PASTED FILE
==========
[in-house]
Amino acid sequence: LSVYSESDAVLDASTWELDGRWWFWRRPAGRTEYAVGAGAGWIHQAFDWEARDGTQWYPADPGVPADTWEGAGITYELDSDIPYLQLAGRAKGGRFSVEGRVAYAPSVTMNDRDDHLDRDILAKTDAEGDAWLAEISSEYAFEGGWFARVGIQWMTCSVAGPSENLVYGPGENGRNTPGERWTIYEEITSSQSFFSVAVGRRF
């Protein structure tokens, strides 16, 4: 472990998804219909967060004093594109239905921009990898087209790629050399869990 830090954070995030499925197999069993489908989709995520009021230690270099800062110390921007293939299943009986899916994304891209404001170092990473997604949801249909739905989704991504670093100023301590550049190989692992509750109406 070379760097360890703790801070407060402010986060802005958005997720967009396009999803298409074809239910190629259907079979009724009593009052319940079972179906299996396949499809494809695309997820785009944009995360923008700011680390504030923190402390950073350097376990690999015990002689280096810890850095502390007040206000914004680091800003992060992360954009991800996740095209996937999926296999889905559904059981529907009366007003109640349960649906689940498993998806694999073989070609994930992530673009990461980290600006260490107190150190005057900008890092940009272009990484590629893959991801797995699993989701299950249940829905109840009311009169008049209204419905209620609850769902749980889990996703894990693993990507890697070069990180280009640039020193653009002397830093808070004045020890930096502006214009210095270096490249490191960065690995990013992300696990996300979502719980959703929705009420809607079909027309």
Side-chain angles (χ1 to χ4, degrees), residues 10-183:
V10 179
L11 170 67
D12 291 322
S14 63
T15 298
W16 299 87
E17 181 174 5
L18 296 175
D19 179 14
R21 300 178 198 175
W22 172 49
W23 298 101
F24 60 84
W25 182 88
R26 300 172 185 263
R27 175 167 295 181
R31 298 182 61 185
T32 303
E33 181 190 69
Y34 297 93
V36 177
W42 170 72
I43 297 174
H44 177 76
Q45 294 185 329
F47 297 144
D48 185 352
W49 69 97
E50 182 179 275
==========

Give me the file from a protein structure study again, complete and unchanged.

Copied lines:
[in-house]
Amino acid sequence: LSVYSESDAVLDASTWELDGRWWFWRRPAGRTEYAVGAGAGWIHQAFDWEARDGTQWYPADPGVPADTWEGAGITYELDSDIPYLQLAGRAKGGRFSVEGRVAYAPSVTMNDRDDHLDRDILAKTDAEGDAWLAEISSEYAFEGGWFARVGIQWMTCSVAGPSENLVYGPGENGRNTPGERWTIYEEITSSQSFFSVAVGRRF
């Protein structure tokens, strides 16, 4: 472990998804219909967060004093594109239905921009990898087209790629050399869990 830090954070995030499925197999069993489908989709995520009021230690270099800062110390921007293939299943009986899916994304891209404001170092990473997604949801249909739905989704991504670093100023301590550049190989692992509750109406 070379760097360890703790801070407060402010986060802005958005997720967009396009999803298409074809239910190629259907079979009724009593009052319940079972179906299996396949499809494809695309997820785009944009995360923008700011680390504030923190402390950073350097376990690999015990002689280096810890850095502390007040206000914004680091800003992060992360954009991800996740095209996937999926296999889905559904059981529907009366007003109640349960649906689940498993998806694999073989070609994930992530673009990461980290600006260490107190150190005057900008890092940009272009990484590629893959991801797995699993989701299950249940829905109840009311009169008049209204419905209620609850769902749980889990996703894990693993990507890697070069990180280009640039020193653009002397830093808070004045020890930096502006214009210095270096490249490191960065690995990013992300696990996300979502719980959703929705009420809607079909027309």
Side-chain angles (χ1 to χ4, degrees), residues 10-183:
V10 179
L11 170 67
D12 291 322
S14 63
T15 298
W16 299 87
E17 181 174 5
L18 296 175
D19 179 14
R21 300 178 198 175
W22 172 49
W23 298 101
F24 60 84
W25 182 88
R26 300 172 185 263
R27 175 167 295 181
R31 298 182 61 185
T32 303
E33 181 190 69
Y34 297 93
V36 177
W42 170 72
I43 297 174
H44 177 76
Q45 294 185 329
F47 297 144
D48 185 352
W49 69 97
E50 182 179 275